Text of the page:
Federal agency sets aggressive Alaska gas line timetable, but steel tariffs raise concern

An environmental impact statement would be complete by Dec. 2019, and a final decision reached by March 2020. That's not as fast as Alaska officials had hoped, but still an accelerated timeline.

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The Federal Energy Regulatory Commission last week released a timetable for the environmental impact statement for a proposed gas line from Alaska’s Arctic to a liquefaction facility in the southcentral part of the state. (Ryan McKnight / CC BY 2.0)

A key federal agency could issue a decision on whether to approve of a huge natural gas pipeline project in Alaska’s Arctic as soon as 2020.

The Federal Energy Regulatory Commission, in a “Notice of Schedule” issued on March 12, set out a timeline for the environmental impact statement needed for construction of the liquefied natural gas project, estimated to cost about $45 billion.

The formal notice targets the Dec. 9, 2019 for completion of the EIS and March 8, 2020 for a decision based on that EIS. That analysis will require the cooperative work of several federal agencies, the FERC notice said.

That EIS schedule is slower than Alaska officials had wanted; they had hoped for completion by the end of this year, allowing construction to start in 2019. And FERC’s official notice was issued only after the state agency sponsoring the project, the Alaska Gasline Development Corp., responded to 801 questions arising from the 2017 application for the launch of a federal EIS.

Still, Alaska officials considered the formal notice a victory and an important step toward realizing the decades-old dream of commercializing the vast but stranded reserves of natural gas on Alaska’s North Slope.

In a statement, AGDC President Keith Meyer said the FERC timeline will allow the organization to stay on track for a targeted in-service date of 2024 or 2025. “The Commission’s timeline enables AGDC to continue moving expeditiously forward with Alaska’s great energy export project,” Meyer said in the statement.

Gov. Bill Walker also said he was pleased with the FERC timeline.

“This is a major step forward that establishes clarity and predictability in the federal permitting process, which is critical for investors. Keith Meyer’s team at the Alaska Gasline Development Corporation deserves immense credit for continuing to advance a project of this magnitude.” Gov. Bill Walker said in a statement.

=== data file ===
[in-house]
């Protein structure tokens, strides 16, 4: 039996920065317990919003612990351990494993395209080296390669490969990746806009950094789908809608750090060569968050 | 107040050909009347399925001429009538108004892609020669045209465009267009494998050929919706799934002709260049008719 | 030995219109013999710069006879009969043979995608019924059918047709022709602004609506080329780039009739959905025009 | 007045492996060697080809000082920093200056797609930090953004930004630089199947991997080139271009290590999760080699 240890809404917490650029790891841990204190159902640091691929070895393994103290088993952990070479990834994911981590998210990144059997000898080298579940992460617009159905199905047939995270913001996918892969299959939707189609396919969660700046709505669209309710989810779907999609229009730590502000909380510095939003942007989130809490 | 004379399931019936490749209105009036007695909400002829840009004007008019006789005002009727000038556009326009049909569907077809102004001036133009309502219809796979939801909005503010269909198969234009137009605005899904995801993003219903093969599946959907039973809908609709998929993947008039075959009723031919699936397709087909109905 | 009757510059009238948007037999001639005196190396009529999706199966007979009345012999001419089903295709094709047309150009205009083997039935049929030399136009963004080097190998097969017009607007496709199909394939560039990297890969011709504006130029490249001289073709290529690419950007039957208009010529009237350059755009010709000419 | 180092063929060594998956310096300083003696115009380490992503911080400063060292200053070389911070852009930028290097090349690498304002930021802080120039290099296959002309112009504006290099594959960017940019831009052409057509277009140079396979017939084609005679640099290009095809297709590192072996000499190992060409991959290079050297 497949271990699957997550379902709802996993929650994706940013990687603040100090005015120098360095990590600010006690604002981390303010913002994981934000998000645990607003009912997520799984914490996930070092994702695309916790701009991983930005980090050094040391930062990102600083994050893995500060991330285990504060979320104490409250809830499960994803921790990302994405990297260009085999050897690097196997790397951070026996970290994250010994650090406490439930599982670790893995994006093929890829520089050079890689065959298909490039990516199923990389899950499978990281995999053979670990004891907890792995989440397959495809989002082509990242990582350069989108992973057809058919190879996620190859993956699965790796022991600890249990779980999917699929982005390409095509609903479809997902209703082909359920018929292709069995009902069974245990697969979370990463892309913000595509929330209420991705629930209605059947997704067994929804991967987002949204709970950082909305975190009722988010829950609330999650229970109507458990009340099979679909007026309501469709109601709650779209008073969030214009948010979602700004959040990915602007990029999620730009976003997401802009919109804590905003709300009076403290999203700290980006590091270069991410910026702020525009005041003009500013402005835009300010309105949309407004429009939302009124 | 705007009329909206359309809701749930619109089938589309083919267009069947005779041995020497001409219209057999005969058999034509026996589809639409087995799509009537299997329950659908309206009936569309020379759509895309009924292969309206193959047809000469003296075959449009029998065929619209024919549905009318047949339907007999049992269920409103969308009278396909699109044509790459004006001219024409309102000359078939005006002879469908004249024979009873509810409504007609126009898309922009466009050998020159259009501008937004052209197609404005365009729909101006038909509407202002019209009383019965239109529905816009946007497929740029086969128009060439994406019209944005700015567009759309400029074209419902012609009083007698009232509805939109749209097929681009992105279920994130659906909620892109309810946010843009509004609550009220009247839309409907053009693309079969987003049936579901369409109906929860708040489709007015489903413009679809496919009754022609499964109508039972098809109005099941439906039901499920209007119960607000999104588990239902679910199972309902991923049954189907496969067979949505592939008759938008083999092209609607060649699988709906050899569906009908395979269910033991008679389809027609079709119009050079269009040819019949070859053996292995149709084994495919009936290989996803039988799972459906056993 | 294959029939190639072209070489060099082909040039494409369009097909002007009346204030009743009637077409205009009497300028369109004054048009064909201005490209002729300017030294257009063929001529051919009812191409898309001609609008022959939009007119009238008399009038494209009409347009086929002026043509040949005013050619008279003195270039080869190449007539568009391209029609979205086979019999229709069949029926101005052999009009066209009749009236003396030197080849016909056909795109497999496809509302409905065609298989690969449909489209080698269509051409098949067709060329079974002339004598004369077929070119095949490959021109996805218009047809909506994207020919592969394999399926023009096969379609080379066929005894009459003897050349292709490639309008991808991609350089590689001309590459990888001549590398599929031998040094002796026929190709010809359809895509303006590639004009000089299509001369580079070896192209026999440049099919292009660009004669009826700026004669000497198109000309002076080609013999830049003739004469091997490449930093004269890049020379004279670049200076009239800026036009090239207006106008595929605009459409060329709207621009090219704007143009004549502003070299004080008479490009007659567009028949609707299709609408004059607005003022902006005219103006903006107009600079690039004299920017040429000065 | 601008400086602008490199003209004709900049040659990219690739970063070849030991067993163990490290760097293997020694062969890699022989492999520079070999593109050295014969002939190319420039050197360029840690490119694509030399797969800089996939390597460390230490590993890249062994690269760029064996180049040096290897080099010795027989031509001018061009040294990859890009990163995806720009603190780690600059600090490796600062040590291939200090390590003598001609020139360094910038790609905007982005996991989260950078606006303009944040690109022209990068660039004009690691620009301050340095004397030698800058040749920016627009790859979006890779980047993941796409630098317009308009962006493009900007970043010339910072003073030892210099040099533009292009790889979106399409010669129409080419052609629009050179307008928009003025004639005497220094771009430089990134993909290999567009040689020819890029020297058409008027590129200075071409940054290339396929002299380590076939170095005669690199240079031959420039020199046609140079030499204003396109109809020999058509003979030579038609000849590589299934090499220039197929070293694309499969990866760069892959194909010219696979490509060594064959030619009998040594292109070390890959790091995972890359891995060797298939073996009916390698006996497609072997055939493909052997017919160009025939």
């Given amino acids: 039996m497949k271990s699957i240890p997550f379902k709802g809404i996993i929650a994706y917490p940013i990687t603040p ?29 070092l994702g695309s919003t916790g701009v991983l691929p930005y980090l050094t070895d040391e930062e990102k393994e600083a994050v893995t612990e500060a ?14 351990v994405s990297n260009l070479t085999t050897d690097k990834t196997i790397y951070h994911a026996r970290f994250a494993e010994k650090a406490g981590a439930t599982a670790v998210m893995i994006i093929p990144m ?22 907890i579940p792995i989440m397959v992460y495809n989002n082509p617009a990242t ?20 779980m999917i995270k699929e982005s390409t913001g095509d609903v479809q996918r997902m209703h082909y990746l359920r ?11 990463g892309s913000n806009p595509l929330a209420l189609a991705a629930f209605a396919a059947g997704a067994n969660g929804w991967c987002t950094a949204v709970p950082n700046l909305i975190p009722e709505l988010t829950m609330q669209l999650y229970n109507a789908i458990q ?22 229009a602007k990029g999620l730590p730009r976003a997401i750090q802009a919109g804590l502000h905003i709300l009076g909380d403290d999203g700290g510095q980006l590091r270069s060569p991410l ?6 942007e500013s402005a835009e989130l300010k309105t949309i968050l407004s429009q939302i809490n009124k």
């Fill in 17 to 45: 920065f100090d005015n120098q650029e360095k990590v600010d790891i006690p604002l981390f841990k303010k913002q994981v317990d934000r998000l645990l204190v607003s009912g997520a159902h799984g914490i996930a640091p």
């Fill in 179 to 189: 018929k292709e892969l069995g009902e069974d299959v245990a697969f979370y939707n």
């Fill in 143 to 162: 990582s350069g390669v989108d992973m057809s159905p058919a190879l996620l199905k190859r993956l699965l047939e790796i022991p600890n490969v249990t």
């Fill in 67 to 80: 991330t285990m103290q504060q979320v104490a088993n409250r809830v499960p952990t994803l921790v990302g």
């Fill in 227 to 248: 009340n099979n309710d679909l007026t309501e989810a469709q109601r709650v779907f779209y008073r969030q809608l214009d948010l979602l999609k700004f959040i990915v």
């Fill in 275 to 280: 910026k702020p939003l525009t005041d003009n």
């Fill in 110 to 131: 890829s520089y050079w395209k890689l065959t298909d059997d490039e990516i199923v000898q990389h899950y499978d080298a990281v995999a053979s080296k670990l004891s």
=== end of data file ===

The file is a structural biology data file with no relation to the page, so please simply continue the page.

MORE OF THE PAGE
Sens. Lisa Murkowski and Dan Sullivan had a similar reaction.

“FERC’s schedule for this project—the largest energy infrastructure project in America— outlines a completion track by 2024 or 2025, so that it can bring affordable energy to Alaskans and help meet growing global demand for this clean-burning fuel,” they said in a joint statement.

The proposed project would put an 806.6-mile (1,298-kilometer), 42-inch-diameter natural gas pipeline from Prudhoe Bay to a liquefaction plant at Nikiski, a port site on Cook Inlet. From Nikiski, where the AGDC recently opened an office, the LNG would be shipped to Asian markets. China, Alaska’s top export market, is the main target market for the LNG project. The Walker administration has signed a non-binding development agreement with the Chinese government and key Chinese energy and finance leaders to promote the LNG project. Walker on March 5 also released details about a China trade trip planned for May.

Even as the gas project notches some successes, one of President Trump’s international initiatives threatens its economics, Murkowski said.

In March 9 comments at CERAWeek, an energy conference in Houston, Murkowski said Trump’s 25 percent tariff on imported steel would add significantly to the project’s cost.

“Where are we going to get that pipe? The back of the envelope numbers is that with these tariffs we might be in a situation where it’s not only hundreds of millions, it might be as much as half a billion dollars added on to the most expensive infrastructure project that we have seen in this country,” she said during a panel discussion.

The tariff initiative is “a big deal up north,” she said. It will add to the cost of other energy projects, not just the gas pipeline. she said. Trump’s tariff policy also undermines relationships with countries that would otherwise be good energy export markets, she said.

“It sends, I think, a confusing message to some of our friends and our allies that we want to encourage and we want to bolster and build up,” she said.